Ditch the Stress of Multitasking With the One Task Method

Ditch the Stress of Multitasking With the One Task Method

Let’s be honest; we’ve both got too many tabs open right now. We’re multitasking, just trying to get a handle on our to-do list. It’s tough. And overwhelmingly normal. Having all those open tabs is distracting, and we’re constantly interrupted as we try to spread our work evenly among all our tasks. Sure, it feels like things are getting done faster, but it’s creating more stress.

More stress means being less productive. It might feel like being able to multitask will boost your productivity, but you might just be churning out work. And just because you’re checking off more of your daily boxes, it doesn’t mean you’re necessarily more efficient.

The one task method is a way to fight the urge to multitask.

What is the one task method?

Here’s the basic premise: take one task from your to-do list and make that the only thing you plan to accomplish that day. The goal of the one task method is not to do less work; it’s about doing the same amount of work — and maybe more — with less stress.

The one task method is a kind of micro-habit. A micro-habit is a smaller, more manageable chunk of a regular habit. Say you want to read more books. “Read more” is the goal. “Read for an hour a day” is the habit you’re trying to build to achieve that goal. But maybe you’re having trouble reading for that long, or you just can’t find the time to do it. So instead, you create a micro-habit: “read one page a day.” That’s easy enough that most people can manage it.

When confronted with a new habit — like reading for an hour every day — it’s easy to get discouraged. If you don’t have time to read for that full hour, you might mark the day as a failure and not read at all. By setting the micro-habit, you’re making sure that you’re always getting some of your reading done, even if it’s not the full hour you initially wanted to hit. And isn’t one page better than zero?

The one task method is the workplace equivalent of this micro-habit. If your team uses Asana, you might very well be confronted with an extensive to-do list every time you open it. The length of that list can cause undue stress. So instead of coming into the office thinking “I have 12 tasks to do today” you choose one task that’s easily achievable and set it as the first thing you’ll do that day.

It’s about taking what feels impossible and making it more manageable so you can achieve it regularly.

How does it work?

So how does the one task method work in practice? Here’s a run-down:

  1. Open your to-do list.
  2. Prioritize urgent tasks.
  3. Pick one task.
  4. Break off a smaller, more manageable chunk.

This process is best done at the start of a workday when you open up your calendar. That way, you know exactly how to plan out your day, and you get a quick boost of motivation from focusing on a single task (instead of flicking back and forth between tabs).

Let me give you an example of how I use this method in my daily life as a copywriter at Unito.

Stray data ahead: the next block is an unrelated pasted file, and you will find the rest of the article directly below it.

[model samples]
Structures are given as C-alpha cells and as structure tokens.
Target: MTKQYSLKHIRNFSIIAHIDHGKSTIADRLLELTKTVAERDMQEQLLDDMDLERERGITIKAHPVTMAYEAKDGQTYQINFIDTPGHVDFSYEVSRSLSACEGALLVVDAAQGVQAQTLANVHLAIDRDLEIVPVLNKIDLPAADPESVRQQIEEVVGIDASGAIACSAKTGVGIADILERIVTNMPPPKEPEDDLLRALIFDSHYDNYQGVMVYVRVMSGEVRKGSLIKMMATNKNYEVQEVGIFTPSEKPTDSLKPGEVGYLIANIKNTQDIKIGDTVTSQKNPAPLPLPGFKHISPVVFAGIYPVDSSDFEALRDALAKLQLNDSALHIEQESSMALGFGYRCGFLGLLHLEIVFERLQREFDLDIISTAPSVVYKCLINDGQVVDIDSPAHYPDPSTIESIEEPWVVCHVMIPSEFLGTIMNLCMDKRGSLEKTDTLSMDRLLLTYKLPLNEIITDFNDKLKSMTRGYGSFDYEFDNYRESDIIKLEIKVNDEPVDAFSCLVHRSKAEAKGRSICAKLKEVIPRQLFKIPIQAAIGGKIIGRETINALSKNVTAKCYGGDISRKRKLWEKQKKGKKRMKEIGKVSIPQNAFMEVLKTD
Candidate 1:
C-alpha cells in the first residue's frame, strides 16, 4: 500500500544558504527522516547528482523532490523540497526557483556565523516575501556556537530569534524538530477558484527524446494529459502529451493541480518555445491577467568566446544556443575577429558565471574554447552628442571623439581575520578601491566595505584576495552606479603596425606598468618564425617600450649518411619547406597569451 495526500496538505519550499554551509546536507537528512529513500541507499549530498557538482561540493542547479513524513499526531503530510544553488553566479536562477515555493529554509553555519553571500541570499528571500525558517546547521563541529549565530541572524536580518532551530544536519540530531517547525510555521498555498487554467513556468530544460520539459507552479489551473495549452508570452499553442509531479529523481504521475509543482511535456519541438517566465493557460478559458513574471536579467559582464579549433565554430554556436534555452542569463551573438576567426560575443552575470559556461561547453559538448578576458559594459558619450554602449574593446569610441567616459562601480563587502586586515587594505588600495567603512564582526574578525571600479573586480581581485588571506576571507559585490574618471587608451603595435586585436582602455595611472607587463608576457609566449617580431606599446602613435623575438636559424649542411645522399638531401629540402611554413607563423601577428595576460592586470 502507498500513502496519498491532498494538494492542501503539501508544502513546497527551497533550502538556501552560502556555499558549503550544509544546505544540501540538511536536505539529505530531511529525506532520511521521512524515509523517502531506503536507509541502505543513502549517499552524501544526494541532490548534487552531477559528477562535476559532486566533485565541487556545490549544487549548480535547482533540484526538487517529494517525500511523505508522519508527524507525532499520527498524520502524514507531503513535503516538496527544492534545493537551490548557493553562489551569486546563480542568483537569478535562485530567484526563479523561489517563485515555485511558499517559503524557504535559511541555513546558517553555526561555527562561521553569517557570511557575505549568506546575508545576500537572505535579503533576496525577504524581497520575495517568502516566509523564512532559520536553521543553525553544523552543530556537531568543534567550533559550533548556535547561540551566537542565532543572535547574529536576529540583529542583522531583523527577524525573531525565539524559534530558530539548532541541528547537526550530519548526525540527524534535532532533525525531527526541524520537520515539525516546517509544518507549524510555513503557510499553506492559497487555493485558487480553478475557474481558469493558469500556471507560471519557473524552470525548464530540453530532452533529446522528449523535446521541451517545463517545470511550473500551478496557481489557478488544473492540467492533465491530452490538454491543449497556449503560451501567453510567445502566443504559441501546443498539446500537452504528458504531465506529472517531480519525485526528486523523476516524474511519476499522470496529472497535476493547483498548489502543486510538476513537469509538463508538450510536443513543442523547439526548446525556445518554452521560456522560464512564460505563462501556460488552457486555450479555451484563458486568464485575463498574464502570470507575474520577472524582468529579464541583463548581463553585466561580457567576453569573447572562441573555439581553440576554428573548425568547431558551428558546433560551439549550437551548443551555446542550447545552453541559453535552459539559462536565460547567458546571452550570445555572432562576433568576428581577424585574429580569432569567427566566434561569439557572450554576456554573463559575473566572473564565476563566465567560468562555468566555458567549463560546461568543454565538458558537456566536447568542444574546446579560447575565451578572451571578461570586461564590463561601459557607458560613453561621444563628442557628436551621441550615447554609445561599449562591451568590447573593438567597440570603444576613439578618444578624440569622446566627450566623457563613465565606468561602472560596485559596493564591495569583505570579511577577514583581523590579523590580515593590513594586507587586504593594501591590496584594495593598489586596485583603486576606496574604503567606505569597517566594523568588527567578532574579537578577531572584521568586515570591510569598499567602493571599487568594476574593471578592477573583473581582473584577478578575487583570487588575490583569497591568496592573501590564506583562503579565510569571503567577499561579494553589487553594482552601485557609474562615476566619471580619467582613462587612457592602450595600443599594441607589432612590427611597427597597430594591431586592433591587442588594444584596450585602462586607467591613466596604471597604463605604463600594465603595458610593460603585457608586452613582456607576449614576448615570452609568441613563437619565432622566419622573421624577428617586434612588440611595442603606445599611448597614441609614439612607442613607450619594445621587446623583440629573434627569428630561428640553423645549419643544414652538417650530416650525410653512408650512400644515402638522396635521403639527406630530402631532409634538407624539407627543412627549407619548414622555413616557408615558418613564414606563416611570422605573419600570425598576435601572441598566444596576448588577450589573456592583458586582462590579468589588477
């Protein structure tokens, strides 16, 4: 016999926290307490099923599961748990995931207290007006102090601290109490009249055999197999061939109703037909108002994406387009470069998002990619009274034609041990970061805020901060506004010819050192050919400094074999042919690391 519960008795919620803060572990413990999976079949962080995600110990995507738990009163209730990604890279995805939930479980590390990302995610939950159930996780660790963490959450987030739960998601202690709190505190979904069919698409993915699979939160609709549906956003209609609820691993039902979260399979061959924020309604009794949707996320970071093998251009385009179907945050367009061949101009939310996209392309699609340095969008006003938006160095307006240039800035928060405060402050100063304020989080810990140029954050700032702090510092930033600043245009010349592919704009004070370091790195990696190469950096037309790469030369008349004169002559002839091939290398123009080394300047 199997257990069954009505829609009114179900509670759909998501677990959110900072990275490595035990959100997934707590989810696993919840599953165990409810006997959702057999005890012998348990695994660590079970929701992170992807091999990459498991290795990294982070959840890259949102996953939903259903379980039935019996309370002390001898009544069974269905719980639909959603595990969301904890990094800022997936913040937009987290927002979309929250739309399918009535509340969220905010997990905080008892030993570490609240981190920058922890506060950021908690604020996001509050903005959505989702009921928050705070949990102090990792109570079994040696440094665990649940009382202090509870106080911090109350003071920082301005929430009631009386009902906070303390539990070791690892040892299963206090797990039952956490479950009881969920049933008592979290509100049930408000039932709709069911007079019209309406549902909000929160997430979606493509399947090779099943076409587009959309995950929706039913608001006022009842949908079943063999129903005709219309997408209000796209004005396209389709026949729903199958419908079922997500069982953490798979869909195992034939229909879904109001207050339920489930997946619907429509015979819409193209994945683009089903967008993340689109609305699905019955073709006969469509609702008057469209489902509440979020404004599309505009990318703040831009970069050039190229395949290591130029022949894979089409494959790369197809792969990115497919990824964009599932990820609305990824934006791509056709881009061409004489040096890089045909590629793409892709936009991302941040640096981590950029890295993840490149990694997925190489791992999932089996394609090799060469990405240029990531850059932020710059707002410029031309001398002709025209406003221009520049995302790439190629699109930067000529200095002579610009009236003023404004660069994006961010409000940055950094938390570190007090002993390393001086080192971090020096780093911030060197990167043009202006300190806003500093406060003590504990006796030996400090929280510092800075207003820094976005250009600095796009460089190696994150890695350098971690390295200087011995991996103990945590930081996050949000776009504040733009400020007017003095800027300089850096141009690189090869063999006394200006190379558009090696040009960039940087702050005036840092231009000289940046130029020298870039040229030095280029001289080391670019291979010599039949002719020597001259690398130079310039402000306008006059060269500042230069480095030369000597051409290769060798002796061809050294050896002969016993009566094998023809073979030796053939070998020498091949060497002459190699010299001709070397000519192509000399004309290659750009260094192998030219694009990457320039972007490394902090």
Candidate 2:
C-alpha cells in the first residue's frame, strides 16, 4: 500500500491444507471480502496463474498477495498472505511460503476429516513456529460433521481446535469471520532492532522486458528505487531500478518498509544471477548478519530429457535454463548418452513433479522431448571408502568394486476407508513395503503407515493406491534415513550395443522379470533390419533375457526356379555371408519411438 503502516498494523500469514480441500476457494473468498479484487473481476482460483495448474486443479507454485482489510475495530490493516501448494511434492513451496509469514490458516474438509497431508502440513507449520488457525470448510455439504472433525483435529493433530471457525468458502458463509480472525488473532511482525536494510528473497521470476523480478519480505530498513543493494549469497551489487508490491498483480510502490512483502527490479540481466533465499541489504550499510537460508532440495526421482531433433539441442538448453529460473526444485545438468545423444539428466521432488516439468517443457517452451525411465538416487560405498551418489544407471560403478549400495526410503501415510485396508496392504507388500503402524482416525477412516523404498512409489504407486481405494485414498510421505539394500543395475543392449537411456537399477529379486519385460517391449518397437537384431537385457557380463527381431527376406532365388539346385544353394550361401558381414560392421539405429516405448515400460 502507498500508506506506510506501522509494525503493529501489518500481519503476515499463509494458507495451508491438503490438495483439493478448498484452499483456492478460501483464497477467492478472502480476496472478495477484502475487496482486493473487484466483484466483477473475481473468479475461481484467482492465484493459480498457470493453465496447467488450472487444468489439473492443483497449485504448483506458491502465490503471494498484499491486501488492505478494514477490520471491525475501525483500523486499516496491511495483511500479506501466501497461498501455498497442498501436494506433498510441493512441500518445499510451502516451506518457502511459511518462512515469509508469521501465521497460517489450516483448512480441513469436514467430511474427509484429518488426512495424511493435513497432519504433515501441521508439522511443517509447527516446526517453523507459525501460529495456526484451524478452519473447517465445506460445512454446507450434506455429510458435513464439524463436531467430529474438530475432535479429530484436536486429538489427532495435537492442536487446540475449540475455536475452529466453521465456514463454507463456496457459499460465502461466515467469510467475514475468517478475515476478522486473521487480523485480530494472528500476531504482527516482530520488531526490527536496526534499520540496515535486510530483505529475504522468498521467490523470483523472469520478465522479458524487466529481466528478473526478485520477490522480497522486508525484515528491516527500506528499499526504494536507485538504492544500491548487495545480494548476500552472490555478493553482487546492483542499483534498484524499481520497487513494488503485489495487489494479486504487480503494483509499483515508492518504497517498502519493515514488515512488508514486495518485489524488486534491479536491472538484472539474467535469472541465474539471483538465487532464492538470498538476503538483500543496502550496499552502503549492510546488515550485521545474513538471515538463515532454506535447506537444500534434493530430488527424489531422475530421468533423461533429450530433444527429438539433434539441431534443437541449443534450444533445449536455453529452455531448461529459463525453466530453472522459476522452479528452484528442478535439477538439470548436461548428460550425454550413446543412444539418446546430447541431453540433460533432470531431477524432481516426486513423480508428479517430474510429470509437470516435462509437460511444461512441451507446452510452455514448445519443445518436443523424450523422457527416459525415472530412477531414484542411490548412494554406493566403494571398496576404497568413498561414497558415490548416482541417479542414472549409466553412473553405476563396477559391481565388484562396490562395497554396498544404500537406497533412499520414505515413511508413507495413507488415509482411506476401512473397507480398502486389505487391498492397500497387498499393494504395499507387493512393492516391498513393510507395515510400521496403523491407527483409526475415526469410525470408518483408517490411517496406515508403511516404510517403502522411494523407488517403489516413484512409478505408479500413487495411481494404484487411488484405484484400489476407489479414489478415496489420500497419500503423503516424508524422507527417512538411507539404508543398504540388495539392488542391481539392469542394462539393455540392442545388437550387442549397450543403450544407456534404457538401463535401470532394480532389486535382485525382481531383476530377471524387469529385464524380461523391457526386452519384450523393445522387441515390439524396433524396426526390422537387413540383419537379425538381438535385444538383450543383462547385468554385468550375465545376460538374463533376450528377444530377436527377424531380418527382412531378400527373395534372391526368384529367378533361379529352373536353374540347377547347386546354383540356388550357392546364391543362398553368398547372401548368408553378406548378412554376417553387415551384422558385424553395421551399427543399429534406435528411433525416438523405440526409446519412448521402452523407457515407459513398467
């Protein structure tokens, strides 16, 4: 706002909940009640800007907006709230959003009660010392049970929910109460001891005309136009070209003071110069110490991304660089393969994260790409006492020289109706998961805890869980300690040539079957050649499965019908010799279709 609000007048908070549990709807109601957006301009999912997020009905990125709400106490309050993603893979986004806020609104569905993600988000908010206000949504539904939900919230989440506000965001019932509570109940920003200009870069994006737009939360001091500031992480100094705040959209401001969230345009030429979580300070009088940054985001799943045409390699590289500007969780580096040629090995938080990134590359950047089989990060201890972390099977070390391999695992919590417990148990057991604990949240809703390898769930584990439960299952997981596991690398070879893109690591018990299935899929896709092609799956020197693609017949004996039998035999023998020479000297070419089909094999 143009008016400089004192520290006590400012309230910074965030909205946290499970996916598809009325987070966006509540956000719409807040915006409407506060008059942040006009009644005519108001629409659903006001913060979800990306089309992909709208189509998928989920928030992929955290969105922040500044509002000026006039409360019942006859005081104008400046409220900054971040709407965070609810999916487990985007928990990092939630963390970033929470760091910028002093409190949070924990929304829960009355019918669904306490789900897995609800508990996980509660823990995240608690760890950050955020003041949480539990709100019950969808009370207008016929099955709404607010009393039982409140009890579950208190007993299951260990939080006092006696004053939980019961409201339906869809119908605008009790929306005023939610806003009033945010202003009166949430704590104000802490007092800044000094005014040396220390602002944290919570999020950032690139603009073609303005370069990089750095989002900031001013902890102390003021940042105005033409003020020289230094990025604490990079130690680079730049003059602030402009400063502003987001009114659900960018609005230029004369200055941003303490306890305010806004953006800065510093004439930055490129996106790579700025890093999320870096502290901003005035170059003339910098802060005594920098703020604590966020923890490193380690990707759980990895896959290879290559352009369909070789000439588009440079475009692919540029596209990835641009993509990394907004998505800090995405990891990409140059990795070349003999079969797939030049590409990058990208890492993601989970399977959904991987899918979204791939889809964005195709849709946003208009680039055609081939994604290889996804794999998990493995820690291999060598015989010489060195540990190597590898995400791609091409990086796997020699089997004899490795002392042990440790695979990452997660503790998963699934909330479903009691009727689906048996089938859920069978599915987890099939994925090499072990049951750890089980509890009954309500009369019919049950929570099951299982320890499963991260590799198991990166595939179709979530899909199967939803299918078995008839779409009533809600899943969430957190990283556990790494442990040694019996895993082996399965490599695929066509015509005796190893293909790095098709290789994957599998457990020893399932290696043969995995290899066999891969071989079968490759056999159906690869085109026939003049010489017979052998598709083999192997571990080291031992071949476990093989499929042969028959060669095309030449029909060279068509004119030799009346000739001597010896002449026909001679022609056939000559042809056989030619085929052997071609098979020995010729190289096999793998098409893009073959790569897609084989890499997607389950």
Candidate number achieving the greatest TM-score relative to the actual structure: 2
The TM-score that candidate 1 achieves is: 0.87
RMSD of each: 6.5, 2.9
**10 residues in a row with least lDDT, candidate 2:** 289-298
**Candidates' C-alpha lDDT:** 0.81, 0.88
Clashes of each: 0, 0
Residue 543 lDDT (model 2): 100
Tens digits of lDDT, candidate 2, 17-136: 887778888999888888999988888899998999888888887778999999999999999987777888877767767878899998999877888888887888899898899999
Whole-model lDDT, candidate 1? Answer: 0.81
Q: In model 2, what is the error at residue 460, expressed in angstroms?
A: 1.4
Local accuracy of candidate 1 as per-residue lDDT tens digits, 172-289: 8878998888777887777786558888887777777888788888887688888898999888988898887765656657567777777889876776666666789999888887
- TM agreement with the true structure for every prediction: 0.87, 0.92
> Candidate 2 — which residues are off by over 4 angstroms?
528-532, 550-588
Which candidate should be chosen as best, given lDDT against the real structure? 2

My work includes contributing to the Unito blog, and I’ll typically write two blog posts a week. That involves pitching the topic, writing the first draft and — often — several rewrites to create a polished piece of content. This blog post? Three edits.

If I came into the office thinking “today I have to work on two blog posts on top of all the other writing work on my plate,” I’d start my day completely stressed out.

But when I open my to-do list, I still want to prioritize writing these blog posts. So, I’ll break the “Write 2 Blog Posts” task into a smaller chunk, something I can easily accomplish in a day.

Something like “Write the introduction to one blog post.”

That’s small enough that I can get it done in an hour or so. Then, when it’s done, one of two things will happen. Either I’m so motivated that I just keep writing (and finish the whole first draft) or I move on to another task.

The goal of the one task method isn’t to just do one thing every day. But by planning it this way, my small achievements motivate me to accomplish even more, while tricking my brain into thinking I’m doing less work.

What are the advantages of the one task method?

Multitasking causes more stress, which is really unfortunate considering how normal it is in the modern workplace. There’s just so much to do that multitasking feels like the only way to get any of it done.

Setting one task a day teaches you to prioritize, sorting through your massive to-do list to pluck out what needs to get done and what’s doable in a day. Not only is this a useful skill, but it can also do wonders for your mental health.

But beyond reducing stress, there’s another great reason to use the one task method. Your brain is lazy.

That’s not your fault; it’s a survival instinct. It just makes sense to accomplish tasks with the least amount of effort required. And while that’s great for picking berries and hunting deer, it doesn’t work so well in the modern office. In a work environment increasingly dominated by the knowledge economy, our tasks are becoming incredibly complex (and numerous). Keeping track of all that — and getting it done — requires a tremendous amount of effort.

Maybe that’s one of the reasons why multitasking is so popular in the modern workplace. We’re fighting against our brain’s inherent penchant for laziness by piling things onto our plates and flicking back and forth between them throughout the workday. But multitasking is stressful, difficult, and can leave us feeling drained and less productive.

The one task method is a way to work with your nature rather than against it. You’re tricking your brain by appealing to its lazy side. You’re setting up a single task as your minimum amount of work for the day. Once you cross that threshold, you’ve had yourself a productive day. Stick to the one task method and you’ll never have as many open tabs again.